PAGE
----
“We're searching for the Achilles' heel for breast, prostate and ovarian cancers by leveraging Takeda's world-class strengths in the development of new therapeutics with the BC Cancer Agency's expertise in genomic medicine,” said Dr. Samuel Aparicio, lead investigator for the collaboration. Aparicio is head of the department of molecular oncology at the BC Cancer Agency. He is also the Nan and Lorraine Robertson chair and professor in the department of pathology and laboratory medicine at UBC.

The Vancouver Prostate Centre, under the leadership of Dr. Martin Gleave, will also focus on looking at key mutations in prostate cancer that have become resistant to conventional therapies.

“This partnership with a large multinational pharmaceutical company with an established presence in prostate cancer supports and accelerates one of our key areas of focus, which is to identify new targets for therapy and to use this information to develop new treatments that improve the quality and longevity of life for patients,” said Gleave, director, Vancouver Prostate Centre; distinguished professor in the department of urologic sciences, UBC faculty of medicine; and the Liber Ero BC leadership chair in prostate cancer research. “We are proud to work with Takeda and our colleagues at the BC Cancer Agency to continue to bring discoveries from the lab to our patient clinic and offer the best in cutting-edge treatment to British Columbians.”

“This unique partnership will focus Takeda's drug development capacity on specific abnormalities identified in ovarian cancers,” said Dr. David Huntsman, director of the ovarian cancer research program at the BC Cancer Agency and Vancouver Coastal Health Research Institute, and professor, department of pathology and laboratory medicine, UBC. “We need new approaches to treat the many subtypes of ovarian cancer and we look forward to working with Takeda scientists to translate our genomic discoveries into better outcomes for women with this cancer.”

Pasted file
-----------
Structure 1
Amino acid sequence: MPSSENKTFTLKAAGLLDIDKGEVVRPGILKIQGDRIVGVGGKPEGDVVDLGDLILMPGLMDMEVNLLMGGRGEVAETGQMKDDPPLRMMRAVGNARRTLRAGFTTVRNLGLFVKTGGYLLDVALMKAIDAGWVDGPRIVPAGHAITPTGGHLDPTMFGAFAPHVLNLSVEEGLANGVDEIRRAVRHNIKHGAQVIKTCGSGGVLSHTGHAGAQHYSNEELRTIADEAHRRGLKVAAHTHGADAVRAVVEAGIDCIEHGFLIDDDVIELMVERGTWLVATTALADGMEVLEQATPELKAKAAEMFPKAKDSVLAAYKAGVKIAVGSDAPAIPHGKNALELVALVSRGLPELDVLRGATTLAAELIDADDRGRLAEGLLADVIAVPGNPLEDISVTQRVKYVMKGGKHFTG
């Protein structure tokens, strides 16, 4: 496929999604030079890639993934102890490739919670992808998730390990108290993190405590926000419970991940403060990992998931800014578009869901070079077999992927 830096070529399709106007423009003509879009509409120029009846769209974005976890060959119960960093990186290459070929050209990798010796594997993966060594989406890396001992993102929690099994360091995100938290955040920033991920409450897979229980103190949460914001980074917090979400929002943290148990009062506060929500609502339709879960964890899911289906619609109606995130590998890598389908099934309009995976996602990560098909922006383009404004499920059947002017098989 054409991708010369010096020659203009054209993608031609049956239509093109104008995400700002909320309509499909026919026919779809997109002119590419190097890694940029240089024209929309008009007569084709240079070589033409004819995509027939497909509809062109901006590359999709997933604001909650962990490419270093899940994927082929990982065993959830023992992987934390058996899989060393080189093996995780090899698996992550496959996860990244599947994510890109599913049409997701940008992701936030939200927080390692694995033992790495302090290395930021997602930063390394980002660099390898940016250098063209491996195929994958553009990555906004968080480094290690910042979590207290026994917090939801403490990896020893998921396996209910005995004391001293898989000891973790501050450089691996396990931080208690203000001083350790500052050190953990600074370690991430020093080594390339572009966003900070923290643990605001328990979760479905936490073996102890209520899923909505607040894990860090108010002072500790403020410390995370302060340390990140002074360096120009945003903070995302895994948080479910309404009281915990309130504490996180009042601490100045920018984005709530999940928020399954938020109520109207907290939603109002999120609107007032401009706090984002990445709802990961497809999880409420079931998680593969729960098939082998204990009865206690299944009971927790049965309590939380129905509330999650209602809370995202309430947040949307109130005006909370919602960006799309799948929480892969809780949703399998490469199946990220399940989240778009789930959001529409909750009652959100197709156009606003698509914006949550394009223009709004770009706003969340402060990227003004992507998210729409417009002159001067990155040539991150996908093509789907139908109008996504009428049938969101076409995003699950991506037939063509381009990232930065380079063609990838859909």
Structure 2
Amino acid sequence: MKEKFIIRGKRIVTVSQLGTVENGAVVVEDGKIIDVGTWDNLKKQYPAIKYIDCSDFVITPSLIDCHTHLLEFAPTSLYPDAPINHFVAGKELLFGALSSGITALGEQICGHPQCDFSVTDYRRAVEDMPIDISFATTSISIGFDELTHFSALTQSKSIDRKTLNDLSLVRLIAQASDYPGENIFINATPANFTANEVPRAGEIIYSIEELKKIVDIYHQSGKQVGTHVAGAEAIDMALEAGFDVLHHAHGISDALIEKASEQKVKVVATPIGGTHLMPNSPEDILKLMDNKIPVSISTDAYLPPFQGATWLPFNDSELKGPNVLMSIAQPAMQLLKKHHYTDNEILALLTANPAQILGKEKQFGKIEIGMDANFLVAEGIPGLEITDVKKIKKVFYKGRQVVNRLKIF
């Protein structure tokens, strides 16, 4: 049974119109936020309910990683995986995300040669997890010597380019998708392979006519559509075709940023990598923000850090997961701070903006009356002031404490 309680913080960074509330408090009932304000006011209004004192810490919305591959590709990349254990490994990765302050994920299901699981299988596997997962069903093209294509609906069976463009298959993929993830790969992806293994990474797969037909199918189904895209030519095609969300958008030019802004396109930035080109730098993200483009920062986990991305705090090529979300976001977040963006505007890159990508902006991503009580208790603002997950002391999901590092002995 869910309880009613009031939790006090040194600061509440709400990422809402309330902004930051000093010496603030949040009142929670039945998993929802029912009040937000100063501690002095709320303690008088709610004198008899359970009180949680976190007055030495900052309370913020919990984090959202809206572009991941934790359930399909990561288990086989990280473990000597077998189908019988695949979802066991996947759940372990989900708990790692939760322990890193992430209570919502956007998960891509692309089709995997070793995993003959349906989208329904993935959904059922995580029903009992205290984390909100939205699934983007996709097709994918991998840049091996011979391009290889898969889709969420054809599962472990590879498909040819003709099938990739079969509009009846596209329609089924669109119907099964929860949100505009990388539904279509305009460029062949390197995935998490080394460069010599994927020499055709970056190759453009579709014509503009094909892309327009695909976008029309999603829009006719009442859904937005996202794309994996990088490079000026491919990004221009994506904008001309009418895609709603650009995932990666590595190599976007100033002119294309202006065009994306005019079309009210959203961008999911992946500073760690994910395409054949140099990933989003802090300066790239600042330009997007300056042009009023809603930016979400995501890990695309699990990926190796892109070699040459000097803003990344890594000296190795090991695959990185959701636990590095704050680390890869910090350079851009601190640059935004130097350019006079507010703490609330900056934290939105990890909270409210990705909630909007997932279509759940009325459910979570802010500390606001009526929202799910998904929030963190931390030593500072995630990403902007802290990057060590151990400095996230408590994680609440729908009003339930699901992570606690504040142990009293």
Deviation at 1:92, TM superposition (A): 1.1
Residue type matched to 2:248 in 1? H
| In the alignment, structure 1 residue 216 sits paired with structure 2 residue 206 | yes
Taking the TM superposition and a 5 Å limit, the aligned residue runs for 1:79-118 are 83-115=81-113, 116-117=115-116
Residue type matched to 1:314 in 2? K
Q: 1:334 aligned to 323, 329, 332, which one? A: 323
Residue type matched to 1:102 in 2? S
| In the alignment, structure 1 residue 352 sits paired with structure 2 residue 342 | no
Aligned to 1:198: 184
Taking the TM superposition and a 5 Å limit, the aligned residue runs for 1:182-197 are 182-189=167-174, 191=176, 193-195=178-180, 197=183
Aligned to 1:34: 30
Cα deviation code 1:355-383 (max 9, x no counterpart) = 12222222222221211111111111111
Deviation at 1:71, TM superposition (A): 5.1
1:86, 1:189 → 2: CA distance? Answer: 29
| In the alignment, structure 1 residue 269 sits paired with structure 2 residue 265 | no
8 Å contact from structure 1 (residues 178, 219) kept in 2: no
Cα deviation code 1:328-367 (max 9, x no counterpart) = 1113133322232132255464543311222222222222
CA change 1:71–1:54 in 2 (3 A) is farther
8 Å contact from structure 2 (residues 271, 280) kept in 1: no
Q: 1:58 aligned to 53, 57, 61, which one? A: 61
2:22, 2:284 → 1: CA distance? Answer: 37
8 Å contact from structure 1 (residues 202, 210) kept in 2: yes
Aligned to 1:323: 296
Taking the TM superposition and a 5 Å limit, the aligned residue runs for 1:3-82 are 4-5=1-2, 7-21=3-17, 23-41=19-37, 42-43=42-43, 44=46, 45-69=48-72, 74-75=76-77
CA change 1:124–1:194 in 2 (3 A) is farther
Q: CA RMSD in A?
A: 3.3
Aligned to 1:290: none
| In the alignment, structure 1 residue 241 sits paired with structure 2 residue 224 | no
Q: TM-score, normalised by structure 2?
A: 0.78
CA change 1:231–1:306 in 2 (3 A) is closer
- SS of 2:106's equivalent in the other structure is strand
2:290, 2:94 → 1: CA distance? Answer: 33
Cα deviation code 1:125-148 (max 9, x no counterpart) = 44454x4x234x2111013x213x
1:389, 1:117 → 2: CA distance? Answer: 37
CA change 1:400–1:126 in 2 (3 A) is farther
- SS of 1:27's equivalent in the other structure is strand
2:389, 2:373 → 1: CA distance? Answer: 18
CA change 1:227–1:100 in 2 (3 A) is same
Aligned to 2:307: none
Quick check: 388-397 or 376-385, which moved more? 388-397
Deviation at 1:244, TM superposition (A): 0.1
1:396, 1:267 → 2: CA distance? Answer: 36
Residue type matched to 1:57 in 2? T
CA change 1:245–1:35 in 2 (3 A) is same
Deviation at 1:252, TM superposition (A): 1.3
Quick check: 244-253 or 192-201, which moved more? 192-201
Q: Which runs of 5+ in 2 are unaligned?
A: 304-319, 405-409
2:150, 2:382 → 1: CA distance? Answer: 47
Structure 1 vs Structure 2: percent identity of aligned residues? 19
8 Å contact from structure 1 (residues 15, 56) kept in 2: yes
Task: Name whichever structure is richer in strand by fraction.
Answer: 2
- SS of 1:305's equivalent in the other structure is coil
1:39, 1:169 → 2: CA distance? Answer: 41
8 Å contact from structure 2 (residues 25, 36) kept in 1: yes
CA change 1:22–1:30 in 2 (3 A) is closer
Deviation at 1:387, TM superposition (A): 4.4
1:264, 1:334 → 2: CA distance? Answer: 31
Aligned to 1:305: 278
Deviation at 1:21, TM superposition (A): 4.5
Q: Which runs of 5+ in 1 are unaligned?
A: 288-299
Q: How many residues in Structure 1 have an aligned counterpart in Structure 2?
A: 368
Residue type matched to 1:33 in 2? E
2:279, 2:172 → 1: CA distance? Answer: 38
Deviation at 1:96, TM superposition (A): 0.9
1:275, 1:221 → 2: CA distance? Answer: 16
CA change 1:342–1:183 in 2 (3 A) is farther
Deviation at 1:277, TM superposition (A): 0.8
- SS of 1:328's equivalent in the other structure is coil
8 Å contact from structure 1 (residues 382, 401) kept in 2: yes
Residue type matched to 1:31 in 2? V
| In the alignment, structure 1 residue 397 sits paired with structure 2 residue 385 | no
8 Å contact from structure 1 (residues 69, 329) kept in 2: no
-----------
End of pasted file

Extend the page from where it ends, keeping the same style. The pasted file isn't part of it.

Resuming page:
British Columbia already has some of the most favourable outcomes in North America, with British Columbian men and women having the lowest overall mortality rate for all cancers in Canada. British Columbian women have the second-lowest overall incidence rate of cancer in the country, while British Columbian men have the lowest overall incidence rate of cancer in Canada.

The BC Cancer Agency and the Vancouver Prostate Centre, a Centre of Excellence at UBC and VGH, are respectively programs of the Provincial Health Services Authority and Vancouver Coastal Health Research Institute.

A World Class Centre

The Vancouver Prostate Centre (VPC) has a track record of success that has earned it a reputation as one of the world’s most respected cancer facilities. It is a National Centre of Excellence and a designated Centre of Excellence for Commercialization and Research.